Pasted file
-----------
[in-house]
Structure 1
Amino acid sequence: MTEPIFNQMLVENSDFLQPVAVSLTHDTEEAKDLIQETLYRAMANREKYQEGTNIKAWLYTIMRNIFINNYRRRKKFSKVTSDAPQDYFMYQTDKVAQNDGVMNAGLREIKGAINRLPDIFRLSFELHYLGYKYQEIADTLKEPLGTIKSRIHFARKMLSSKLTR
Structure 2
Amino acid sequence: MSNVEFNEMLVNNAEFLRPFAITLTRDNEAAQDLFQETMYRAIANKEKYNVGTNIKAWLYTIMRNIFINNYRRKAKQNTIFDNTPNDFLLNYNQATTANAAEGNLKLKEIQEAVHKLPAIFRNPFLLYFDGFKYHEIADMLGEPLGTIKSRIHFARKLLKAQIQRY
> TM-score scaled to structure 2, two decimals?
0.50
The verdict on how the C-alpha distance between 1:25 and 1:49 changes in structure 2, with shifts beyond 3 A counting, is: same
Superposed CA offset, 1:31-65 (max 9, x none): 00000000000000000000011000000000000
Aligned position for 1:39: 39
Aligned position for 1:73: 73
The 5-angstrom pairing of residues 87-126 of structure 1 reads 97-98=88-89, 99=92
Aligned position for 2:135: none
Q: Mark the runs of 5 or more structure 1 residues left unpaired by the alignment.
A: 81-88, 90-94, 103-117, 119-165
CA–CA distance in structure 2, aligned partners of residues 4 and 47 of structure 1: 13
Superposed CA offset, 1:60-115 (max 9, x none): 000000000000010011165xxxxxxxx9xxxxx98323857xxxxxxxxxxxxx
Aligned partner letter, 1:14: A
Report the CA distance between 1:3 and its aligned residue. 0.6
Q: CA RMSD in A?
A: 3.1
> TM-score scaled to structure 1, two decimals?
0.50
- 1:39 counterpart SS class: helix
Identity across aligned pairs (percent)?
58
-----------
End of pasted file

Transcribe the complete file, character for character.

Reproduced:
[in-house]
Structure 1
Amino acid sequence: MTEPIFNQMLVENSDFLQPVAVSLTHDTEEAKDLIQETLYRAMANREKYQEGTNIKAWLYTIMRNIFINNYRRRKKFSKVTSDAPQDYFMYQTDKVAQNDGVMNAGLREIKGAINRLPDIFRLSFELHYLGYKYQEIADTLKEPLGTIKSRIHFARKMLSSKLTR
Structure 2
Amino acid sequence: MSNVEFNEMLVNNAEFLRPFAITLTRDNEAAQDLFQETMYRAIANKEKYNVGTNIKAWLYTIMRNIFINNYRRKAKQNTIFDNTPNDFLLNYNQATTANAAEGNLKLKEIQEAVHKLPAIFRNPFLLYFDGFKYHEIADMLGEPLGTIKSRIHFARKLLKAQIQRY
> TM-score scaled to structure 2, two decimals?
0.50
The verdict on how the C-alpha distance between 1:25 and 1:49 changes in structure 2, with shifts beyond 3 A counting, is: same
Superposed CA offset, 1:31-65 (max 9, x none): 00000000000000000000011000000000000
Aligned position for 1:39: 39
Aligned position for 1:73: 73
The 5-angstrom pairing of residues 87-126 of structure 1 reads 97-98=88-89, 99=92
Aligned position for 2:135: none
Q: Mark the runs of 5 or more structure 1 residues left unpaired by the alignment.
A: 81-88, 90-94, 103-117, 119-165
CA–CA distance in structure 2, aligned partners of residues 4 and 47 of structure 1: 13
Superposed CA offset, 1:60-115 (max 9, x none): 000000000000010011165xxxxxxxx9xxxxx98323857xxxxxxxxxxxxx
Aligned partner letter, 1:14: A
Report the CA distance between 1:3 and its aligned residue. 0.6
Q: CA RMSD in A?
A: 3.1
> TM-score scaled to structure 1, two decimals?
0.50
- 1:39 counterpart SS class: helix
Identity across aligned pairs (percent)?
58